Ads by Muslim Ad Network
Ads by Muslim Ad Network

OnIslam.net

Changing the Direction of Prayers

(1 vote, average 5.00 out of 5)
The Jewish Response
By Adil Salahi
Researcher and writer - UK
11276
Changing the direction of prayers from Al Aqsa mosque to Kabbah was a true test of Muslims' faith. Picture © Microsoft.Com
Changing the direction of prayers from Al Aqsa mosque to Kabbah was a true test of Muslims' faith.
An important event which took place some 16 or 17 months after the Prophet had settled in Madinah was the change of direction Muslims face when they offer their prayers. While the Prophet was still in Makkah, he was ordered to turn towardsJerusalem when he prayed.

 

Muslims complied with this divine instruction and continued to do so after they had emigrated to Madinah, where they came in close contact with the Jews.

The Jews used the fact that Muslims adopted their own holy city as their
qiblah to claim that Judaism was the religion of truth and that Muhammad and his companions should

adopt Judaism, instead of calling on the Jews to accept Islam.

 

“Your prayers from now on would then be of no value." Said the Jews.  
Now, nearly 18 months after the establishment of the Islamic state in Madinah, new Qur’a nicrevelations instructed the Prophet and the Muslims to turn towards the Kabah in Makkah when they prayed.

The Prophet himself was very pleased with this change, which he keenly desired but dared not request.

 

The Jews in Madinah countered with a sustained campaign of criticism, as they felt that the change deprived them of their argument for refusing to accept Islam. Their new campaign sought to create doubts in the minds of Muslims as to the basis of their own religion.

 

Peace and Confrontation

 

If it was right, the Jews argued, that the Muslims should formerly face Jerusalem in their prayers, then the new direction is wrong. They also told the Muslims: “Your prayers from now on would then be of no value. If, on the other hand, the new direction is right and the Kabah is the true qiblah, then your prayers in the past were in vain.”

 

The Jews also argued that God, the Lord Who knows all, does not change His instructions in that manner. The change clearly showed, the Jews went on, that Muhammad did not really receive any revelation from God. Reading the verses which speak of this subject and the argument that ensued in Madinah shows that the Jewish campaign was not without results.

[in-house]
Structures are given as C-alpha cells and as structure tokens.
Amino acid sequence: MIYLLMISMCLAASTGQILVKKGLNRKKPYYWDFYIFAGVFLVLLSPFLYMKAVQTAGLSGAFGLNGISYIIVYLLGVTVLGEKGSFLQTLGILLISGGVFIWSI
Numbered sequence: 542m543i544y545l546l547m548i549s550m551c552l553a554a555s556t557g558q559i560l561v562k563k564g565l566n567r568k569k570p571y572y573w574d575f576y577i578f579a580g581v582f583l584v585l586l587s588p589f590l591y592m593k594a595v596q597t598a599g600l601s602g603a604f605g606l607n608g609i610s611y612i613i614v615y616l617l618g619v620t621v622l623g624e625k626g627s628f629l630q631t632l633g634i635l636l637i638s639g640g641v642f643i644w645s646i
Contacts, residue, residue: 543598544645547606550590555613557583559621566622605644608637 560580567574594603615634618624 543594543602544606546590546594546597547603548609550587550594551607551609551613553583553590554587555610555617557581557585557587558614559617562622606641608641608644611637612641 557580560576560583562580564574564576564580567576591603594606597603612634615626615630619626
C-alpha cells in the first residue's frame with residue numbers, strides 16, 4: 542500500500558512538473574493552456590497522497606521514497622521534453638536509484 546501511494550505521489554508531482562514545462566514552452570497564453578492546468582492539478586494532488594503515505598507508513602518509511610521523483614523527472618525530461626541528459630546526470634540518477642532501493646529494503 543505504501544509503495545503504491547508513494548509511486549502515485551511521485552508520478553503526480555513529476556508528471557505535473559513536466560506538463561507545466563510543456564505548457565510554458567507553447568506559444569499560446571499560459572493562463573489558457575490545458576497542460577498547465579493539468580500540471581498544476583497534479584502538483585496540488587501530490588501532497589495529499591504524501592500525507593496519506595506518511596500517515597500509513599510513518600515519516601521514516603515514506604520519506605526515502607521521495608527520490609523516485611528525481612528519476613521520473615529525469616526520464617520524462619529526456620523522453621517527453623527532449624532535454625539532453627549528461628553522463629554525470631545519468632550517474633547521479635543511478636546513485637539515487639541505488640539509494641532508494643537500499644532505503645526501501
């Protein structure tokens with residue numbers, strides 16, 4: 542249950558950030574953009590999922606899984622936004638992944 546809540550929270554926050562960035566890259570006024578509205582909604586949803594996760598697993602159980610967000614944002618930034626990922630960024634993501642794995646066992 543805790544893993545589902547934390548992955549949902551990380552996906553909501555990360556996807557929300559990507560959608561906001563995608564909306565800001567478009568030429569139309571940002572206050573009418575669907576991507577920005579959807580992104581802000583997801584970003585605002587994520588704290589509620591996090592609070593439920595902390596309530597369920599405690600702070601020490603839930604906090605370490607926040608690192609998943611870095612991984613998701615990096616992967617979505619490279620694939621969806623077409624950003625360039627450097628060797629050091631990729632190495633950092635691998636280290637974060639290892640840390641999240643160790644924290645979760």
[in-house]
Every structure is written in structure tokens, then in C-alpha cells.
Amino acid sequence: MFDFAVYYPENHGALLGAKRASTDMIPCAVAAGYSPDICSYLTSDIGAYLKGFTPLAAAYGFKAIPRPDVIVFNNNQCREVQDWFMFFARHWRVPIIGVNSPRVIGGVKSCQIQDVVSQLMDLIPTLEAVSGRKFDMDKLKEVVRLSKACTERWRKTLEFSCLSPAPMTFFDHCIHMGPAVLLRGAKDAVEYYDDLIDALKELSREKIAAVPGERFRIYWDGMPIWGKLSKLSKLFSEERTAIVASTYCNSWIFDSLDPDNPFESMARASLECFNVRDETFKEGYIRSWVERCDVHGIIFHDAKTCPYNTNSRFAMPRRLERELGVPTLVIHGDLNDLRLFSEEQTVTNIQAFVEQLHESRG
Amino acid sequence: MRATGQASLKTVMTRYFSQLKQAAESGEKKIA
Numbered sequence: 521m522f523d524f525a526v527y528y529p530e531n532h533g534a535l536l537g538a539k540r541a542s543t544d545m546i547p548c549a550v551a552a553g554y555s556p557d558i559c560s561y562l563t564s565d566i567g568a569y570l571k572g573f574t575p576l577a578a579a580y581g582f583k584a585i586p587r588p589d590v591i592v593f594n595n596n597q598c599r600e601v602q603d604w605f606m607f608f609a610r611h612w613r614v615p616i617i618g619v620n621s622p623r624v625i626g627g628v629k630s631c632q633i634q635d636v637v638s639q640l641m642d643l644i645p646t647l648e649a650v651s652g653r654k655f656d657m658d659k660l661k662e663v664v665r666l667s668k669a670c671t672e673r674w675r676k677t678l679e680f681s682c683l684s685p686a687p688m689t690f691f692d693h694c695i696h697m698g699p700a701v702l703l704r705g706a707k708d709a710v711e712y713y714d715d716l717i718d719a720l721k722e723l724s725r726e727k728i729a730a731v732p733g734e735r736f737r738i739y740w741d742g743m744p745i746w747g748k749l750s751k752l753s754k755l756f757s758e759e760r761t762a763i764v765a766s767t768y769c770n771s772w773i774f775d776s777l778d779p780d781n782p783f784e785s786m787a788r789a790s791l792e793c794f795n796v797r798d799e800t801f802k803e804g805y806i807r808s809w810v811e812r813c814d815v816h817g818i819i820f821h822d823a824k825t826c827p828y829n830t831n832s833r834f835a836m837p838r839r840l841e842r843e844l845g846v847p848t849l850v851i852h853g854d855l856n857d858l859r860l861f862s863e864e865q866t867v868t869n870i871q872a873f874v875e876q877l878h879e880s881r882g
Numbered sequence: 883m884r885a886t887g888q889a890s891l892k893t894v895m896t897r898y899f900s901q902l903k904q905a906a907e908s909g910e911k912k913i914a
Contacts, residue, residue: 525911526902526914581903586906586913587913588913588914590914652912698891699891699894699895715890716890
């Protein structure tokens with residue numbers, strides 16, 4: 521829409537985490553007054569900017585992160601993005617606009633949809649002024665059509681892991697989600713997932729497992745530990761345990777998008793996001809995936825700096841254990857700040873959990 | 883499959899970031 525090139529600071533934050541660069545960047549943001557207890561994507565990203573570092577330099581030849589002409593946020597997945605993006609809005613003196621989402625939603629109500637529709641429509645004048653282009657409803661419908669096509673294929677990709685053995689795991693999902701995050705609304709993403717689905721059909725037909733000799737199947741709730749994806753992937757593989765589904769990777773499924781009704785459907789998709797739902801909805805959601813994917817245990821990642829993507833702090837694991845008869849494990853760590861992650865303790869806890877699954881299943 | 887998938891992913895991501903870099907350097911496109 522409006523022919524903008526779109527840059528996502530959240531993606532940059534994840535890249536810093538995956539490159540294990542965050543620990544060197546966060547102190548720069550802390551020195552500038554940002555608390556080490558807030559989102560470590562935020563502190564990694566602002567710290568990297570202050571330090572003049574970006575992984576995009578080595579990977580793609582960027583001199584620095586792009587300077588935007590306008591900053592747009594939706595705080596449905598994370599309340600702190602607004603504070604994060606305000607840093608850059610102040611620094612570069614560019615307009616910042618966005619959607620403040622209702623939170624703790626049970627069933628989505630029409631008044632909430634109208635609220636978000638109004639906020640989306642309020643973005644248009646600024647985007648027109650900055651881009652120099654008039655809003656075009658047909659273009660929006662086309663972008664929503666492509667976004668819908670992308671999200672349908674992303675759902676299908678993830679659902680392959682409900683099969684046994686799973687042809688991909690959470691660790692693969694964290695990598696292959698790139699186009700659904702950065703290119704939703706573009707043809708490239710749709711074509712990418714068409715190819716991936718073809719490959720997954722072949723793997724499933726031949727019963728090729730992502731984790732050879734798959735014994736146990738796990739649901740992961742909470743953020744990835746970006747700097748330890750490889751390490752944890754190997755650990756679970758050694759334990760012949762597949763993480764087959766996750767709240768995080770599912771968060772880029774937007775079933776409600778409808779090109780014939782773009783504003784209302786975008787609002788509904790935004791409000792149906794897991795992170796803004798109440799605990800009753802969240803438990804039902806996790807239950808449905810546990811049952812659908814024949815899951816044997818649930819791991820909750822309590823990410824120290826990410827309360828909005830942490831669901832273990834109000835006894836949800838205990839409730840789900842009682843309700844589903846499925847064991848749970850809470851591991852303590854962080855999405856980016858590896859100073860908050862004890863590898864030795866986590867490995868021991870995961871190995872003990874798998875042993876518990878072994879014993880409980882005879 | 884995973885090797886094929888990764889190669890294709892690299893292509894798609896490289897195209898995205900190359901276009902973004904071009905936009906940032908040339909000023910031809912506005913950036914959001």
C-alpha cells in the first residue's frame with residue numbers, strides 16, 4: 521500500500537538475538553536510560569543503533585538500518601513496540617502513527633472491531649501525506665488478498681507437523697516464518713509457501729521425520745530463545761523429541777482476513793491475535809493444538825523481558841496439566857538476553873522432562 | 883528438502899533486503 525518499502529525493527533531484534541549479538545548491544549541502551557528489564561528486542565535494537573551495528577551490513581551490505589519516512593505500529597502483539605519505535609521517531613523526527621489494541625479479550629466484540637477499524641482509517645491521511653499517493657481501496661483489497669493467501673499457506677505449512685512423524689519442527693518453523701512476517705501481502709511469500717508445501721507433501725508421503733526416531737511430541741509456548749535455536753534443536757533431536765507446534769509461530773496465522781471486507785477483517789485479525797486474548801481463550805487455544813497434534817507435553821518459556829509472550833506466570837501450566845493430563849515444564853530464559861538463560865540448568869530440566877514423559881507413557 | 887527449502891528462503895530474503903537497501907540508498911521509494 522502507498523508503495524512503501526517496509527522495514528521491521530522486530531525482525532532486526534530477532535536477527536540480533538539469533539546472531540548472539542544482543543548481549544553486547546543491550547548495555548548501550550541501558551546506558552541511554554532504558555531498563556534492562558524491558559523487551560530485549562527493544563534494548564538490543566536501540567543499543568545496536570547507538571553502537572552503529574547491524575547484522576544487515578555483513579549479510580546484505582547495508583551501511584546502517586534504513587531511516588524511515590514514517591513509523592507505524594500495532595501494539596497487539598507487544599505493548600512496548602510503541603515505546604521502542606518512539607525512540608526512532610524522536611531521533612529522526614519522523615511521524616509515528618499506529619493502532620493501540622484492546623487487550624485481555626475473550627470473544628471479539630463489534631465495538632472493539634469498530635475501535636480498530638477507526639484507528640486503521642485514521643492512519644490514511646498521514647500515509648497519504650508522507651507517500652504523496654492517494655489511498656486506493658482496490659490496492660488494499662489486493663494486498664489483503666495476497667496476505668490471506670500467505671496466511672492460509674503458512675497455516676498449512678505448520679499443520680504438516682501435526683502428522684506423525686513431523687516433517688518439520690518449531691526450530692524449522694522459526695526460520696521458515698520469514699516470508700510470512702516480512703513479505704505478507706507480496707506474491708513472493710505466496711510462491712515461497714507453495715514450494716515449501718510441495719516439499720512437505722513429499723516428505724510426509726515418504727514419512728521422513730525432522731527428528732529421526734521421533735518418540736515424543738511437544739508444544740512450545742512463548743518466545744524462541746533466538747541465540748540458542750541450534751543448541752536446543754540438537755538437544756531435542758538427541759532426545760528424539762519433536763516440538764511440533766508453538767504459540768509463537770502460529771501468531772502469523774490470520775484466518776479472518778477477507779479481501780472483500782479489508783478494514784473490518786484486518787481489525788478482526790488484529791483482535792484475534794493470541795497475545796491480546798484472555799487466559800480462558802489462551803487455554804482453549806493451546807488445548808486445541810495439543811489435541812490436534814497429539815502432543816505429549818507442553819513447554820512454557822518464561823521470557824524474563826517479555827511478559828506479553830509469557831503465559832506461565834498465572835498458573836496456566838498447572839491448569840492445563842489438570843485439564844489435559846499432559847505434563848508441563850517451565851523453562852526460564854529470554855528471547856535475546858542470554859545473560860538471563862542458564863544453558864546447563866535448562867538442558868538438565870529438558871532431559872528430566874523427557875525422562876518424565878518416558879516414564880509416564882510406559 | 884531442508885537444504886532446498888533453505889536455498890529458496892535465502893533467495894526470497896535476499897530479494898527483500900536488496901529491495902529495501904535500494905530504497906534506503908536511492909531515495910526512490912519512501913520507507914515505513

Arabs revered the Kabah before the advent of Islam. To them it was the symbol of their national glory.
Reassurance was needed and was, indeed, provided in a long passage in the Qur’an, which runs from verse 106 to verse 150 in the surah  entitled The Cow. A word of explanation here may be useful.

 

Arabs revered the Kabah before the advent of Islam. To them it was the symbol of their national glory. It was also one of the factors which held the Arab tribes together. Islam, however, requires of its followers total, undivided loyalty. Muslims must dedicate themselves wholly to God and the cause of Islam.

 

The Prophet’s companions must, therefore, abandon all their former loyalties, tribal, racial or national. Hence the need to separate their worship from their traditional reverence of the Kabah. To accomplish this they were ordered to turn towards Jerusalem when they prayed.

 

After a period of time, when the Muslims had accepted the new situation – moving away, in the process, from the rest of the Arabs – they were taught to regard the Kabah in a different light. They were told to face it in their prayers because it was built by the two Prophets, Abraham and Ishmael, as a place wholly devoted to the worship of God alone.

 

Changing the direction of prayers made the Muslims keenly aware that they were the true heirs of Abraham and his religion, based on total submission to God.
 
Thus it becomes part of the heritage of the Islamic nation, which has come into existence by way of answering Abraham’s prayers to raise among his seed a Prophet who would teach them the true religion.

 

Thus, having achieved the objective of making the Muslims turn to Jerusalem in their prayers for a while, it was now time to give them their own distinctive qiblah – the Kabah, the first house of worship ever built. This process made the Muslims keenly aware that they were the true heirs of Abraham and his religion, based on

total submission to God.

 

To be distinct from others is very important when one speaks of faith and worship, for worship is the visible expression of the beliefs which take root in the soul. If worship is visibly distinct from that of other religions, then it strengthens the perception that the religion itself is unique. The purpose of giving the Muslims their own qiblah must be seen in this light.

 

Adil Salahi is the Executive Director of Al-Furqan Heritage Foundation. He teaches Islamic Studies at the Markfield Institute of Higher Education, Leicester, England. After working for the BBC Arabic Service for several years, he worked for the Arabic daily, al-Sharq al-Awsat. He continues to publish a column, "Islam in Perspective", in its sister publication, Arab News, an English daily published in Saudi Arabia. He has produced an English translation of several volumes of Sayyid Qutb's commentary, In the Shade of the Quran (Leicester, Islamic Foundation), as well as several other books on Islamic subjects.

Add comment


Security code
Refresh

Banner